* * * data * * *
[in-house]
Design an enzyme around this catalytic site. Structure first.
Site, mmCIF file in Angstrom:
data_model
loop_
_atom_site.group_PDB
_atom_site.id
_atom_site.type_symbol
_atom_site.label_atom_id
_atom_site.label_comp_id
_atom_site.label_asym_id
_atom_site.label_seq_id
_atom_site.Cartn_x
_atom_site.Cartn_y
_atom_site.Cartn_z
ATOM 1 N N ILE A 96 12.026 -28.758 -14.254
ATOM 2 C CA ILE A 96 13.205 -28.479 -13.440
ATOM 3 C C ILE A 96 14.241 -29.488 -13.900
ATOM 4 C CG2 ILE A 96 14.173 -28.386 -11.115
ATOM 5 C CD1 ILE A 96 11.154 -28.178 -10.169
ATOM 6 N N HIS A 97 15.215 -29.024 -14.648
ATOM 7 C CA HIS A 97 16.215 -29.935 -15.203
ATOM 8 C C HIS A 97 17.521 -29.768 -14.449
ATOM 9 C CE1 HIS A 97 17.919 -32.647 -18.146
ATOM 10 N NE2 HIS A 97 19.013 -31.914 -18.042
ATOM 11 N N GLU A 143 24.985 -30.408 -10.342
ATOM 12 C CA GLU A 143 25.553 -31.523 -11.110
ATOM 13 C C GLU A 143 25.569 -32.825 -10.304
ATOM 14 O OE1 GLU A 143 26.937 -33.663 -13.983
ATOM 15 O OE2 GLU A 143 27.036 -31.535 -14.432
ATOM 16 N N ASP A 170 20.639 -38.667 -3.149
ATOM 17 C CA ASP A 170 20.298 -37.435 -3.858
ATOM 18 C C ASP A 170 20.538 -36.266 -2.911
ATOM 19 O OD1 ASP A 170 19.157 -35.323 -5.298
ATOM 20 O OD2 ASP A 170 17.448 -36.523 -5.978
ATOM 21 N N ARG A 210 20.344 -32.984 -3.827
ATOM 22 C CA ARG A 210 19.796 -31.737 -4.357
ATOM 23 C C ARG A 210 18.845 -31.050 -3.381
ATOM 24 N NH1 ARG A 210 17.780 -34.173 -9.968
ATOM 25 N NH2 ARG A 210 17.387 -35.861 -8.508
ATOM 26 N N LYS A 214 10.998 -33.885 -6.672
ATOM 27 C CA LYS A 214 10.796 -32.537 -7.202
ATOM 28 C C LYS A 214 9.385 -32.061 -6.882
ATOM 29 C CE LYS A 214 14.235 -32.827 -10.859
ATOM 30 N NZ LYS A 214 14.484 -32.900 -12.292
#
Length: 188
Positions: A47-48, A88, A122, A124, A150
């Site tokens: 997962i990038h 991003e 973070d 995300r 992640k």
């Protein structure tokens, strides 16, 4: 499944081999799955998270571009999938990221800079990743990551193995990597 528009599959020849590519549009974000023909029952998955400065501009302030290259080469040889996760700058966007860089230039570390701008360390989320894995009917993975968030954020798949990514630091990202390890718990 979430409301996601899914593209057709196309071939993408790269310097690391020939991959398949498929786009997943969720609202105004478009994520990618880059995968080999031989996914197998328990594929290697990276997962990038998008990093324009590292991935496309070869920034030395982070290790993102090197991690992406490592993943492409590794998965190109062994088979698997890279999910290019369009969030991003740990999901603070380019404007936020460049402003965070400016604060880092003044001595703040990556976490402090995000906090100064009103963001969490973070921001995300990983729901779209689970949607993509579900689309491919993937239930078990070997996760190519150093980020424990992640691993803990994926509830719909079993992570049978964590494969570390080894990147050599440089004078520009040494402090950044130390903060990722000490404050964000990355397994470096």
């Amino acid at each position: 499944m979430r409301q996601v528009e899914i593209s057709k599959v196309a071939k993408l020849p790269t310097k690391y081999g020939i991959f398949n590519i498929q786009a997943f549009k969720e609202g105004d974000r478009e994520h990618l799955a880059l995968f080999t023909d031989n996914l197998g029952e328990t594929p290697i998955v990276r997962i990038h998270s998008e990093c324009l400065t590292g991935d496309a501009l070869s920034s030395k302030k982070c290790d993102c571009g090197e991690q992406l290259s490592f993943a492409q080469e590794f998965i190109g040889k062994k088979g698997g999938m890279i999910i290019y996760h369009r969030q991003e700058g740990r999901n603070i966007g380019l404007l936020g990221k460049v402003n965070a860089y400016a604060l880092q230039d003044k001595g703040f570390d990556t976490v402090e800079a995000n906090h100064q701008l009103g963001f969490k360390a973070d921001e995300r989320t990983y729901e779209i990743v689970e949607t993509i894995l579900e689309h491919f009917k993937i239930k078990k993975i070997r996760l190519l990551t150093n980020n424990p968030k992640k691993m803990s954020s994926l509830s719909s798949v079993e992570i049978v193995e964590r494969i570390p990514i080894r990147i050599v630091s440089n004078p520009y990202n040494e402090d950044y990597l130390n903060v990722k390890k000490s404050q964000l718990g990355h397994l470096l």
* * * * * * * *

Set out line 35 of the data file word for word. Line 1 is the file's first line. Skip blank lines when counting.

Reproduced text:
ATOM 20 O OD2 ASP A 170 17.448 -36.523 -5.978